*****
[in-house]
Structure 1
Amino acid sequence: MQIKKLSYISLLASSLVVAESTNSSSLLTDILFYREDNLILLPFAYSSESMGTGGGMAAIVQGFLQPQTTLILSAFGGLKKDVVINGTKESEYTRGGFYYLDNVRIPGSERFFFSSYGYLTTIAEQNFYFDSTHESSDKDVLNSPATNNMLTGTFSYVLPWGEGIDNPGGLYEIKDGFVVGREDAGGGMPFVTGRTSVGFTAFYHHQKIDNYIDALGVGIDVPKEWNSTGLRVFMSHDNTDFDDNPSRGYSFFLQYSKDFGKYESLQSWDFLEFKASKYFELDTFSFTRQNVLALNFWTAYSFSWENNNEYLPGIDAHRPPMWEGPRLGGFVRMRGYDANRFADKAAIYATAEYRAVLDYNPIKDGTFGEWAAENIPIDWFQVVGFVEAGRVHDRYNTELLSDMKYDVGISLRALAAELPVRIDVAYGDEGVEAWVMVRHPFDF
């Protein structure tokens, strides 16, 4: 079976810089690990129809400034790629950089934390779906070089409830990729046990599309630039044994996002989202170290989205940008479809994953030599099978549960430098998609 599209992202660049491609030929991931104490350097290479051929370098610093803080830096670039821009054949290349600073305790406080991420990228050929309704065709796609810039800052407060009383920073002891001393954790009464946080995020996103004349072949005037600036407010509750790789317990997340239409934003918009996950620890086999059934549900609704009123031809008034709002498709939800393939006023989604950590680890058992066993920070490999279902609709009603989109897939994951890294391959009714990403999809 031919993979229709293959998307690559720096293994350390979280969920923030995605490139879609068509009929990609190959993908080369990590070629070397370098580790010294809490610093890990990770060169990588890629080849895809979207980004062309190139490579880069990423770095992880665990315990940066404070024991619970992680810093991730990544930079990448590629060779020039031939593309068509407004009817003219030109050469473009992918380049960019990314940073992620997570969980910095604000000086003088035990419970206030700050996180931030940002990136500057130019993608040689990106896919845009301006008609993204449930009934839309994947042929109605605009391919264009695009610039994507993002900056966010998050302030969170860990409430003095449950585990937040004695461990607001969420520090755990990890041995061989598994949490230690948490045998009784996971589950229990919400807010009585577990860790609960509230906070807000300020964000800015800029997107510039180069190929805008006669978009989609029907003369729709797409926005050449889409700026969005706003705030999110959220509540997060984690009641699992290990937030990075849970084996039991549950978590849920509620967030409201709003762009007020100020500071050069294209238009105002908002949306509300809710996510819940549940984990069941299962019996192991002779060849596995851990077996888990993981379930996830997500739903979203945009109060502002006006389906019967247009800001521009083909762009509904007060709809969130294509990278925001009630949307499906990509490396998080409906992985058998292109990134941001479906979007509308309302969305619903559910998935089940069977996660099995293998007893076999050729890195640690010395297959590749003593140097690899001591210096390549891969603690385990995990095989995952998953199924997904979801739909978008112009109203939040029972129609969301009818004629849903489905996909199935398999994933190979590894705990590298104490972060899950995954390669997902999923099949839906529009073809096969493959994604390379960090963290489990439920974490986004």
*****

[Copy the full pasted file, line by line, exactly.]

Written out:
[in-house]
Structure 1
Amino acid sequence: MQIKKLSYISLLASSLVVAESTNSSSLLTDILFYREDNLILLPFAYSSESMGTGGGMAAIVQGFLQPQTTLILSAFGGLKKDVVINGTKESEYTRGGFYYLDNVRIPGSERFFFSSYGYLTTIAEQNFYFDSTHESSDKDVLNSPATNNMLTGTFSYVLPWGEGIDNPGGLYEIKDGFVVGREDAGGGMPFVTGRTSVGFTAFYHHQKIDNYIDALGVGIDVPKEWNSTGLRVFMSHDNTDFDDNPSRGYSFFLQYSKDFGKYESLQSWDFLEFKASKYFELDTFSFTRQNVLALNFWTAYSFSWENNNEYLPGIDAHRPPMWEGPRLGGFVRMRGYDANRFADKAAIYATAEYRAVLDYNPIKDGTFGEWAAENIPIDWFQVVGFVEAGRVHDRYNTELLSDMKYDVGISLRALAAELPVRIDVAYGDEGVEAWVMVRHPFDF
């Protein structure tokens, strides 16, 4: 079976810089690990129809400034790629950089934390779906070089409830990729046990599309630039044994996002989202170290989205940008479809994953030599099978549960430098998609 599209992202660049491609030929991931104490350097290479051929370098610093803080830096670039821009054949290349600073305790406080991420990228050929309704065709796609810039800052407060009383920073002891001393954790009464946080995020996103004349072949005037600036407010509750790789317990997340239409934003918009996950620890086999059934549900609704009123031809008034709002498709939800393939006023989604950590680890058992066993920070490999279902609709009603989109897939994951890294391959009714990403999809 031919993979229709293959998307690559720096293994350390979280969920923030995605490139879609068509009929990609190959993908080369990590070629070397370098580790010294809490610093890990990770060169990588890629080849895809979207980004062309190139490579880069990423770095992880665990315990940066404070024991619970992680810093991730990544930079990448590629060779020039031939593309068509407004009817003219030109050469473009992918380049960019990314940073992620997570969980910095604000000086003088035990419970206030700050996180931030940002990136500057130019993608040689990106896919845009301006008609993204449930009934839309994947042929109605605009391919264009695009610039994507993002900056966010998050302030969170860990409430003095449950585990937040004695461990607001969420520090755990990890041995061989598994949490230690948490045998009784996971589950229990919400807010009585577990860790609960509230906070807000300020964000800015800029997107510039180069190929805008006669978009989609029907003369729709797409926005050449889409700026969005706003705030999110959220509540997060984690009641699992290990937030990075849970084996039991549950978590849920509620967030409201709003762009007020100020500071050069294209238009105002908002949306509300809710996510819940549940984990069941299962019996192991002779060849596995851990077996888990993981379930996830997500739903979203945009109060502002006006389906019967247009800001521009083909762009509904007060709809969130294509990278925001009630949307499906990509490396998080409906992985058998292109990134941001479906979007509308309302969305619903559910998935089940069977996660099995293998007893076999050729890195640690010395297959590749003593140097690899001591210096390549891969603690385990995990095989995952998953199924997904979801739909978008112009109203939040029972129609969301009818004629849903489905996909199935398999994933190979590894705990590298104490972060899950995954390669997902999923099949839906529009073809096969493959994604390379960090963290489990439920974490986004």